A look at the last 10 games in the Georgia-Florida series.

Why Georgia is not — repeat, NOT — doomed

Here’s where I step in my contrarian’s corner and say — please hold all hoots until the end of this sentence, at which point you’re free to ROFL — that I kind of like where the Georgia Bulldogs are right now. 

(We pause for your scoffs. Take your time. I’m going nowhere.) 

(All done? Good. We proceed.) 

I don’t like the way Georgia is playing. Its loss to South Carolina was among the worst I’ve seen. Its halting victory over Kentucky was a function of the Wildcats being unable to complete one of those newfangled things called a forward pass. Even so, the Bulldogs didn’t score until 6:20 remained in the third quarter. If they’d been playing anybody any good, they’d again have been in trouble. 

Which brings us to this: From here until Georgia Tech, they won’t play an opponent that isn’t halfway decent. The next four games are against Florida, 7-1; Auburn, 6-1; Missouri, 5-2, and Texas A&M, 4-3. Georgia has faced one opponent currently above .500. That was Notre Dame, which led at halftime in Sanford Stadium and had a chance to win at the end. Three weeks later, South Carolina led for the final 31 minutes of regulation and won in double overtime. 

There was angst after Georgia lost 40-17 at Auburn in 2017, more angst after the Bulldogs were beaten 36-16 at LSU last October. Those games were against strong SEC teams on the road. This Georgia has played only one worthwhile opponent. Yes, it beat Notre Dame, but it didn’t dominate the Fighting Irish the way Clemson had in December. Indeed, Brian Kelly had reason to feel better about his team after its night in Athens than did Kirby Smart. 

Since then, Georgia has won at Tennessee, which Georgia State had already managed. Then the Bulldogs lost to South Carolina as a 20.5-point favorite. Then they slogged past Kentucky on a night when Jake Fromm completed nine of 12 passes for a whopping 35 yards. This served to stoke a cauldron already a-boil: That by choosing Fromm over Justin Fields, who’s tripping the light fantastic at Ohio State, Smart had made the greatest error since Decca Records told an auditioning band named the Beatles, “Sorry, but guitar groups are on the way out.” 

And now you’re saying, “Doesn’t what you’ve just typed make a better case for Georgia not being in such a good place?” And here’s where I say: Thanks for reading so closely, but please keep reading. 

The belief here that Georgia is better than it has played. If what we’ve seen so far is the best these Bulldogs can do, they’re not winning a national championship. They probably won’t win the SEC East. But I – and perhaps I alone – think they’ll do better. I think they’ll use the off-week before Jacksonville to great advantage. They’ll self-scout, to use the industry phrase. They’ll see that they’ve been all over the map when it comes to Fromm, who is, ahem, their best player.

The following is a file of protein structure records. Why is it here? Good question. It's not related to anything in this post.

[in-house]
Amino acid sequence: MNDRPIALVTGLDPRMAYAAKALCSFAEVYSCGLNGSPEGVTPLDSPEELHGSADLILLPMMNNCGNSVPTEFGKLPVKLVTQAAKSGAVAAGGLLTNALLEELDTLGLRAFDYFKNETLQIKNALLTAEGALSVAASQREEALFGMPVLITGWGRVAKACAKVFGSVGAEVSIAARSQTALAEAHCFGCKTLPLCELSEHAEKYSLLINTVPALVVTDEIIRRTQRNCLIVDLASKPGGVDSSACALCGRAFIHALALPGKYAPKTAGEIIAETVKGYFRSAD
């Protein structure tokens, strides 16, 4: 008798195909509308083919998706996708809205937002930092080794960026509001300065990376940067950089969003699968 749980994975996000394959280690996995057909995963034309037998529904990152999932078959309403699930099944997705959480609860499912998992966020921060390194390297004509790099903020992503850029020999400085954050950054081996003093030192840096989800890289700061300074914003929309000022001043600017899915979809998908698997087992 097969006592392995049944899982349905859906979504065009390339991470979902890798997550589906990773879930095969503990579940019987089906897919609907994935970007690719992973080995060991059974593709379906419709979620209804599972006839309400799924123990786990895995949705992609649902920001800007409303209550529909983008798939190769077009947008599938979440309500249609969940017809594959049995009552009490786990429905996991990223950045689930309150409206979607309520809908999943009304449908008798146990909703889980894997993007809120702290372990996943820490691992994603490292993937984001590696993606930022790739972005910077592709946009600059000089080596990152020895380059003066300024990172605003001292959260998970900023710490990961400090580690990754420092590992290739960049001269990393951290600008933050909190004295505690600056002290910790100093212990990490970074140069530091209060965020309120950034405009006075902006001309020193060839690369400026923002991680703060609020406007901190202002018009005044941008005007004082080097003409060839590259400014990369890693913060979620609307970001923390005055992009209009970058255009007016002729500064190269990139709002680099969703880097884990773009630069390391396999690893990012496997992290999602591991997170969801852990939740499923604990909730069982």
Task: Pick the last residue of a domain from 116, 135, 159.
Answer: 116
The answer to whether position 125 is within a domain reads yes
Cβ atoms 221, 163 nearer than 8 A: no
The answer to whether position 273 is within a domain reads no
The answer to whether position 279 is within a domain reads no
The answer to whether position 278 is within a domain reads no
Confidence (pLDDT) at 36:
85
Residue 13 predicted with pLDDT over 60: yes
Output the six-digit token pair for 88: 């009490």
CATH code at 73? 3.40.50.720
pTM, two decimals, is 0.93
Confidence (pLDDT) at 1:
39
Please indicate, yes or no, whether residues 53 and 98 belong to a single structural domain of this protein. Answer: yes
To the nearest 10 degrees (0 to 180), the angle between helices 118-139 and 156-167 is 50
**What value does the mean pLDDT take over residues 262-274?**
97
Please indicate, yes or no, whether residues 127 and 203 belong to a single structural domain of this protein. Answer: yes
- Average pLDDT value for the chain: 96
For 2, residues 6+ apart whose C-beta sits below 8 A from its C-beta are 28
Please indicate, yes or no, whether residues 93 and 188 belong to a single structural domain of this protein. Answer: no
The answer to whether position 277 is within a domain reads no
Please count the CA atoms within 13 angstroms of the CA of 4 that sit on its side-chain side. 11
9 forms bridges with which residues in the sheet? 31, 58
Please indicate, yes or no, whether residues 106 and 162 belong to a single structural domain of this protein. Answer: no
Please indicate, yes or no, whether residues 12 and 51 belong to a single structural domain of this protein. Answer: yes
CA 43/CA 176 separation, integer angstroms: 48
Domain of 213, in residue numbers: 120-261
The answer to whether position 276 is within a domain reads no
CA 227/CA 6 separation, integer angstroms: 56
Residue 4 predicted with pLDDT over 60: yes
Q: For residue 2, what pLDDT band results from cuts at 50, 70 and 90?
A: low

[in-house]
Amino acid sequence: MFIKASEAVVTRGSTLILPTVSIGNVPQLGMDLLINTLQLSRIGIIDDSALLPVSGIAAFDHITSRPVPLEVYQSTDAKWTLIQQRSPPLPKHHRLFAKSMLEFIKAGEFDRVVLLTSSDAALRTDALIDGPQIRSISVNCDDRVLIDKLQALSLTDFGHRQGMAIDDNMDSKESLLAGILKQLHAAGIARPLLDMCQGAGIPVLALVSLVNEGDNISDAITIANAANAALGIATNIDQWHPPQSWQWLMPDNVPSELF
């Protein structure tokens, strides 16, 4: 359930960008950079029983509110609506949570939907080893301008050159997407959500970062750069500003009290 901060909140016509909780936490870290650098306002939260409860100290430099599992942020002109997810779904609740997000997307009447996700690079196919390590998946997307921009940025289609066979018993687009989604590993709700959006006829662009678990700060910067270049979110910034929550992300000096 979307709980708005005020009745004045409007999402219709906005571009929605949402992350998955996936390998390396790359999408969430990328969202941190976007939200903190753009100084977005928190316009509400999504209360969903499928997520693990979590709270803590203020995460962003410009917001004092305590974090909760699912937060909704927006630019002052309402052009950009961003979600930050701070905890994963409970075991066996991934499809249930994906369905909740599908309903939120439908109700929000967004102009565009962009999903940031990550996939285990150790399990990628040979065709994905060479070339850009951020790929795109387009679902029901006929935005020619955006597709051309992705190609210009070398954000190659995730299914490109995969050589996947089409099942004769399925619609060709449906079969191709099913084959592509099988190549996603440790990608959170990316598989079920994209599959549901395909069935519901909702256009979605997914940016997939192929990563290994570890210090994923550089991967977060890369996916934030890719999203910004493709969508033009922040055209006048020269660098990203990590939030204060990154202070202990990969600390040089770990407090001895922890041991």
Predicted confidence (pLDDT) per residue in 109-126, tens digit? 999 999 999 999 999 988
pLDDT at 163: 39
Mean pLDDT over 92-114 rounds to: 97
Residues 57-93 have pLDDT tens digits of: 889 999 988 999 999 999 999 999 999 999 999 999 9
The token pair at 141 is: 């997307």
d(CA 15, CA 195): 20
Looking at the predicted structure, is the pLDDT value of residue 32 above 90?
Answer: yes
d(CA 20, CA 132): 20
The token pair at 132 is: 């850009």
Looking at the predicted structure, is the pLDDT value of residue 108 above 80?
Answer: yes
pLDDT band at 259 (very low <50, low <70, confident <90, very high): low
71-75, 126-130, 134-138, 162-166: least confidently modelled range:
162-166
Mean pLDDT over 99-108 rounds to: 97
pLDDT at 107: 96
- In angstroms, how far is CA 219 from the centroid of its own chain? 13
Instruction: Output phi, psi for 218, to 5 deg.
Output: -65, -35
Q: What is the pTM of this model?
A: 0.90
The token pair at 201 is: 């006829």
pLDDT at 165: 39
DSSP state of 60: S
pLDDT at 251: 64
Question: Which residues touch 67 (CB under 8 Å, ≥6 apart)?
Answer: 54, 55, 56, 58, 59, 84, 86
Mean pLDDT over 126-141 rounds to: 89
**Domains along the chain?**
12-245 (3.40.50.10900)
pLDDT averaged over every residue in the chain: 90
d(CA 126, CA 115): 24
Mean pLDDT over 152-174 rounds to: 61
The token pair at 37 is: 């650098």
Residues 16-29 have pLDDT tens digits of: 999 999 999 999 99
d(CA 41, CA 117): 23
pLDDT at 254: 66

Their offensive line hasn’t been as good as advertised, as evidenced when the Bulldogs couldn’t pound South Carolina into submission. They wind up asking Fromm to move the chains on third-and-6, but then they go right back to running on first and second down. They need to let this guy sling the pig. They’ve done it before, and the world hasn’t ended. They played for the national title when he was a freshman and almost made the playoff when he was a sophomore. He’s as seasoned as any quarterback in the land. He’s more than capable of taking this team where it needs to go. 

As hard-headed as Smart can be, even he must know the way Georgia is playing isn’t how it needs to play if intends to do more than beat Vandy and Tennessee. He gets two weeks to ready for Florida and what’s beyond Florida. That’s enough time to make a mid-course correction. Not to say Fromm should go all Air Raid on the world, but his coaches — who should know him better than anyone — need to play to their strengths. 

After South Carolina, Smart identified those strengths as the O-line and his running backs. He was wrong — part of being Kirby Smart is never admitting you’re wrong — on both counts. Georgia can’t go anywhere worth going if Fromm doesn’t take it there. I get that Georgia didn’t throw more against Kentucky because Smart didn’t want to risk losing via the vagaries of a wet ball on a wretched night. Maybe you call that savvy coaching. I’d deem it overcoaching. You’ve got to let your quarterback be a quarterback. 

Georgia can’t win its next four games just by running the ball. These four opponents are all better at defending the run than South Carolina, which Smart conceded beat Georgia at the line of scrimmage. The good news is that the Bulldogs have a quarterback who can make any receivers look good. It borders on unbelievable that this program would need reminding that it has Fromm on its roster, here’s the wake-up call. It’s time to let him work. 

For all the gloom and doom, the Bulldogs haven’t lost anything yet. If they win the rest of their regular-season games, they’ll take the East. If they win the SEC title, they’ll make the playoff. They’re where they were a year ago headed to Jax and, then as now, the schedule beyond Florida wasn’t a bunny. There was Kentucky, which was unusually good, on the road, then Auburn in Athens. They handled it. There’s thought now that this Georgia is a lesser Georgia, but how mighty did last year’s team seem coming off a 20-point loss in Baton Rouge? 

You knew this already, but I’m weird. I tend to like talented teams that have been marked down if not written off. The Georgia of October hasn’t played like a champion. Last I checked, they don’t hand out titles before Halloween.

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About the Author

Mark Bradley
Mark Bradley
Mark Bradley is a sports columnist and blogger for The Atlanta Journal-Constitution. He has been with the AJC since 1984.